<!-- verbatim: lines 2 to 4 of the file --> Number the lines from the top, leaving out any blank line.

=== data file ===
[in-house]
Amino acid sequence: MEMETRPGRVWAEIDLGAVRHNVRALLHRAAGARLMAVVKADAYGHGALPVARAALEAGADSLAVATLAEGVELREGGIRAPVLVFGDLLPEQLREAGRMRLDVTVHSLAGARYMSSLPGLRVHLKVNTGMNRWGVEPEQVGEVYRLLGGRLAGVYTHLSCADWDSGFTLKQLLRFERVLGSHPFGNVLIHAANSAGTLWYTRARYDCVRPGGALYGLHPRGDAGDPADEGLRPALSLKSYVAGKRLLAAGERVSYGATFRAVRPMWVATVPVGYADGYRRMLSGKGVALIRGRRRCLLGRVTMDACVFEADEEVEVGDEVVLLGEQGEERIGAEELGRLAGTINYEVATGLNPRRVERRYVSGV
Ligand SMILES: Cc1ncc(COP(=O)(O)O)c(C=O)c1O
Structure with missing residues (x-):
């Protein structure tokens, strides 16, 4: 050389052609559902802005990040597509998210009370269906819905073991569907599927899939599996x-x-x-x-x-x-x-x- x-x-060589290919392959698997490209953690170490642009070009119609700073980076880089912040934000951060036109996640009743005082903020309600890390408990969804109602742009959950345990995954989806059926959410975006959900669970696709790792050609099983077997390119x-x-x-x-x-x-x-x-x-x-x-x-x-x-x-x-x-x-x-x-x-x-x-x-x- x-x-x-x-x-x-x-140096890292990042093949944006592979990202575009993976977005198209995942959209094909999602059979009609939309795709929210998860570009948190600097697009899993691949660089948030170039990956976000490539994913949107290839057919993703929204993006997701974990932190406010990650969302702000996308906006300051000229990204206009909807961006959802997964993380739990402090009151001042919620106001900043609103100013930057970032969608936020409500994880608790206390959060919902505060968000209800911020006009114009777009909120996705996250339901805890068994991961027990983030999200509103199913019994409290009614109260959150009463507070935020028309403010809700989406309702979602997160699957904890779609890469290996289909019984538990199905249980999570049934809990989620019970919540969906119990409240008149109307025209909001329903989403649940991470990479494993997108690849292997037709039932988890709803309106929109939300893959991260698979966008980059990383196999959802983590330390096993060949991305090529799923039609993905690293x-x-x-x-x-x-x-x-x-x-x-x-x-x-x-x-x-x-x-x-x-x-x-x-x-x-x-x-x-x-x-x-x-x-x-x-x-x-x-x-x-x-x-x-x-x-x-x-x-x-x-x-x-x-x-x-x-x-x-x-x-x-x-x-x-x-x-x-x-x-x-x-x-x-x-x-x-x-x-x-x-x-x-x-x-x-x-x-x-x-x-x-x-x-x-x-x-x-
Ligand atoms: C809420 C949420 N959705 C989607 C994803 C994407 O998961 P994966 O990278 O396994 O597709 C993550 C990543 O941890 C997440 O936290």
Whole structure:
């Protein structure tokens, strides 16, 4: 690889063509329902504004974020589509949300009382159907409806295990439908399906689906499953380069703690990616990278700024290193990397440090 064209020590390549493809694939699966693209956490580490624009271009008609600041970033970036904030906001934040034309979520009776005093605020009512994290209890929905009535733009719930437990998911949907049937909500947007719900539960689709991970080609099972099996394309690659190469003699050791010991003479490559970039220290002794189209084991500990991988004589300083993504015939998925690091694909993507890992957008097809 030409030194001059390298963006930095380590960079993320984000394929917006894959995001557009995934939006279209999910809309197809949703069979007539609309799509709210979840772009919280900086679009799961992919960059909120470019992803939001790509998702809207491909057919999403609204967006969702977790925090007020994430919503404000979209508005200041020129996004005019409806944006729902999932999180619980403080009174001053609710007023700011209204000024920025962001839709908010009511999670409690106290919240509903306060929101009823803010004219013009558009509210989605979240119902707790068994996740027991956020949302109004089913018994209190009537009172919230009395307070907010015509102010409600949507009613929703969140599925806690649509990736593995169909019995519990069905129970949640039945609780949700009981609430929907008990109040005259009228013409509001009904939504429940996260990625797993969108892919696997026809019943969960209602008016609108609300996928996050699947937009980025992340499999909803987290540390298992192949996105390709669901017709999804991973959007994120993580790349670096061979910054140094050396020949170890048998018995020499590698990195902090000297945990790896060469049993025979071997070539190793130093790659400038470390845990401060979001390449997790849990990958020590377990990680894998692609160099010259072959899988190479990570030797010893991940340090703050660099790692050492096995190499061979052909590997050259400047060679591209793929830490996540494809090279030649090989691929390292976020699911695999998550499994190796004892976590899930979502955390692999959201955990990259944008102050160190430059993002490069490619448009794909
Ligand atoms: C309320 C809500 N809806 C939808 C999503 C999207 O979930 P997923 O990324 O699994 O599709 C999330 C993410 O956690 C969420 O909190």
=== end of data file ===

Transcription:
Amino acid sequence: MEMETRPGRVWAEIDLGAVRHNVRALLHRAAGARLMAVVKADAYGHGALPVARAALEAGADSLAVATLAEGVELREGGIRAPVLVFGDLLPEQLREAGRMRLDVTVHSLAGARYMSSLPGLRVHLKVNTGMNRWGVEPEQVGEVYRLLGGRLAGVYTHLSCADWDSGFTLKQLLRFERVLGSHPFGNVLIHAANSAGTLWYTRARYDCVRPGGALYGLHPRGDAGDPADEGLRPALSLKSYVAGKRLLAAGERVSYGATFRAVRPMWVATVPVGYADGYRRMLSGKGVALIRGRRRCLLGRVTMDACVFEADEEVEVGDEVVLLGEQGEERIGAEELGRLAGTINYEVATGLNPRRVERRYVSGV
Ligand SMILES: Cc1ncc(COP(=O)(O)O)c(C=O)c1O
Structure with missing residues (x-):